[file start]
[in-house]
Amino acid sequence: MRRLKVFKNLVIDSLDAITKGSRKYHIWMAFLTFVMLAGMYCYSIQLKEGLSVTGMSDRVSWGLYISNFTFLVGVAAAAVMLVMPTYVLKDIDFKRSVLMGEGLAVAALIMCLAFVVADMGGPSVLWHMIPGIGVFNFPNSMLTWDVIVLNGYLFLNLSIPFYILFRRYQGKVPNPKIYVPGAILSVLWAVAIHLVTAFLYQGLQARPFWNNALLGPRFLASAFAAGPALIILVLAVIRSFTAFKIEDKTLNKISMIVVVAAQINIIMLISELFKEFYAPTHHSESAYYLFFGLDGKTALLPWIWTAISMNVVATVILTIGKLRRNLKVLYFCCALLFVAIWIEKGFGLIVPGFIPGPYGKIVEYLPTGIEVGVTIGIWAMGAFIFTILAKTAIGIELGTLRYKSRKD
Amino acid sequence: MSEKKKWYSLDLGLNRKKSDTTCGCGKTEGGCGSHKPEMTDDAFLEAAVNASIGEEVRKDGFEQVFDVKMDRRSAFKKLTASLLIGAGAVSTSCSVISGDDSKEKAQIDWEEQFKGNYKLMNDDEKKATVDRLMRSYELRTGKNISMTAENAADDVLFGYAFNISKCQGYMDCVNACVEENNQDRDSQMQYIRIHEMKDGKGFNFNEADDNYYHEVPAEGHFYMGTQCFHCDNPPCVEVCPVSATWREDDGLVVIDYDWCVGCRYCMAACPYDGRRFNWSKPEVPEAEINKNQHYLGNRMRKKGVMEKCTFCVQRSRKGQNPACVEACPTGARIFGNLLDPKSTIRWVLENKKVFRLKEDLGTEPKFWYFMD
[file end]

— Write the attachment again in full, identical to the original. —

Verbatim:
[in-house]
Amino acid sequence: MRRLKVFKNLVIDSLDAITKGSRKYHIWMAFLTFVMLAGMYCYSIQLKEGLSVTGMSDRVSWGLYISNFTFLVGVAAAAVMLVMPTYVLKDIDFKRSVLMGEGLAVAALIMCLAFVVADMGGPSVLWHMIPGIGVFNFPNSMLTWDVIVLNGYLFLNLSIPFYILFRRYQGKVPNPKIYVPGAILSVLWAVAIHLVTAFLYQGLQARPFWNNALLGPRFLASAFAAGPALIILVLAVIRSFTAFKIEDKTLNKISMIVVVAAQINIIMLISELFKEFYAPTHHSESAYYLFFGLDGKTALLPWIWTAISMNVVATVILTIGKLRRNLKVLYFCCALLFVAIWIEKGFGLIVPGFIPGPYGKIVEYLPTGIEVGVTIGIWAMGAFIFTILAKTAIGIELGTLRYKSRKD
Amino acid sequence: MSEKKKWYSLDLGLNRKKSDTTCGCGKTEGGCGSHKPEMTDDAFLEAAVNASIGEEVRKDGFEQVFDVKMDRRSAFKKLTASLLIGAGAVSTSCSVISGDDSKEKAQIDWEEQFKGNYKLMNDDEKKATVDRLMRSYELRTGKNISMTAENAADDVLFGYAFNISKCQGYMDCVNACVEENNQDRDSQMQYIRIHEMKDGKGFNFNEADDNYYHEVPAEGHFYMGTQCFHCDNPPCVEVCPVSATWREDDGLVVIDYDWCVGCRYCMAACPYDGRRFNWSKPEVPEAEINKNQHYLGNRMRKKGVMEKCTFCVQRSRKGQNPACVEACPTGARIFGNLLDPKSTIRWVLENKKVFRLKEDLGTEPKFWYFMD